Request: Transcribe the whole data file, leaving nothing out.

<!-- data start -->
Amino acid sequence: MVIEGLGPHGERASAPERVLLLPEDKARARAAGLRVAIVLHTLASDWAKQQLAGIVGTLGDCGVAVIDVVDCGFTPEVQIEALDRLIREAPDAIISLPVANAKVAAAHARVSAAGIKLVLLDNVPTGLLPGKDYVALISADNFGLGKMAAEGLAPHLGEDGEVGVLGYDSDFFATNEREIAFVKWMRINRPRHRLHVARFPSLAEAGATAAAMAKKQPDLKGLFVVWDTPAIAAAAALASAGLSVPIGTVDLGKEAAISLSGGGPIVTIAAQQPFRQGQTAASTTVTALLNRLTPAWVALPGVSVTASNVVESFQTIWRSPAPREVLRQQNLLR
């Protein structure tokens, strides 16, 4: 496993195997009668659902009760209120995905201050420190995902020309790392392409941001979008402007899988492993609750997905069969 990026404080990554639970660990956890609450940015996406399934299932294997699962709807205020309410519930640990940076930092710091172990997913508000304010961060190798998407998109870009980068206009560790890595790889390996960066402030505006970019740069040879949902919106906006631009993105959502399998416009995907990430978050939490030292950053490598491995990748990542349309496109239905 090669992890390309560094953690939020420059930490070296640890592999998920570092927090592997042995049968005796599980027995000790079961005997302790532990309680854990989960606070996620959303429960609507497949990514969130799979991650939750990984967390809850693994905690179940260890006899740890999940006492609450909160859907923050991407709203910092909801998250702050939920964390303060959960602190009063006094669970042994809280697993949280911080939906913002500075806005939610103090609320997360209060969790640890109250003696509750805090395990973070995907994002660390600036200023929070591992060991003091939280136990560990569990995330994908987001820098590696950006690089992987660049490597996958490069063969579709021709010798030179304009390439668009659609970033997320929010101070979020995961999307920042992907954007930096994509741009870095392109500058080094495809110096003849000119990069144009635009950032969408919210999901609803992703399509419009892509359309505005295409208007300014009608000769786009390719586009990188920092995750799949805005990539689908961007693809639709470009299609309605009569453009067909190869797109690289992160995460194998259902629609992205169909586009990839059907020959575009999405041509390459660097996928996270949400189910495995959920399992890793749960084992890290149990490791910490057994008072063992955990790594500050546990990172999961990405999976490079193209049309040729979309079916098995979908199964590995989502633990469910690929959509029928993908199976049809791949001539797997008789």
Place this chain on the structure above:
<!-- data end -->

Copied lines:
Amino acid sequence: MVIEGLGPHGERASAPERVLLLPEDKARARAAGLRVAIVLHTLASDWAKQQLAGIVGTLGDCGVAVIDVVDCGFTPEVQIEALDRLIREAPDAIISLPVANAKVAAAHARVSAAGIKLVLLDNVPTGLLPGKDYVALISADNFGLGKMAAEGLAPHLGEDGEVGVLGYDSDFFATNEREIAFVKWMRINRPRHRLHVARFPSLAEAGATAAAMAKKQPDLKGLFVVWDTPAIAAAAALASAGLSVPIGTVDLGKEAAISLSGGGPIVTIAAQQPFRQGQTAASTTVTALLNRLTPAWVALPGVSVTASNVVESFQTIWRSPAPREVLRQQNLLR
């Protein structure tokens, strides 16, 4: 496993195997009668659902009760209120995905201050420190995902020309790392392409941001979008402007899988492993609750997905069969 990026404080990554639970660990956890609450940015996406399934299932294997699962709807205020309410519930640990940076930092710091172990997913508000304010961060190798998407998109870009980068206009560790890595790889390996960066402030505006970019740069040879949902919106906006631009993105959502399998416009995907990430978050939490030292950053490598491995990748990542349309496109239905 090669992890390309560094953690939020420059930490070296640890592999998920570092927090592997042995049968005796599980027995000790079961005997302790532990309680854990989960606070996620959303429960609507497949990514969130799979991650939750990984967390809850693994905690179940260890006899740890999940006492609450909160859907923050991407709203910092909801998250702050939920964390303060959960602190009063006094669970042994809280697993949280911080939906913002500075806005939610103090609320997360209060969790640890109250003696509750805090395990973070995907994002660390600036200023929070591992060991003091939280136990560990569990995330994908987001820098590696950006690089992987660049490597996958490069063969579709021709010798030179304009390439668009659609970033997320929010101070979020995961999307920042992907954007930096994509741009870095392109500058080094495809110096003849000119990069144009635009950032969408919210999901609803992703399509419009892509359309505005295409208007300014009608000769786009390719586009990188920092995750799949805005990539689908961007693809639709470009299609309605009569453009067909190869797109690289992160995460194998259902629609992205169909586009990839059907020959575009999405041509390459660097996928996270949400189910495995959920399992890793749960084992890290149990490791910490057994008072063992955990790594500050546990990172999961990405999976490079193209049309040729979309079916098995979908199964590995989502633990469910690929959509029928993908199976049809791949001539797997008789």
Place this chain on the structure above: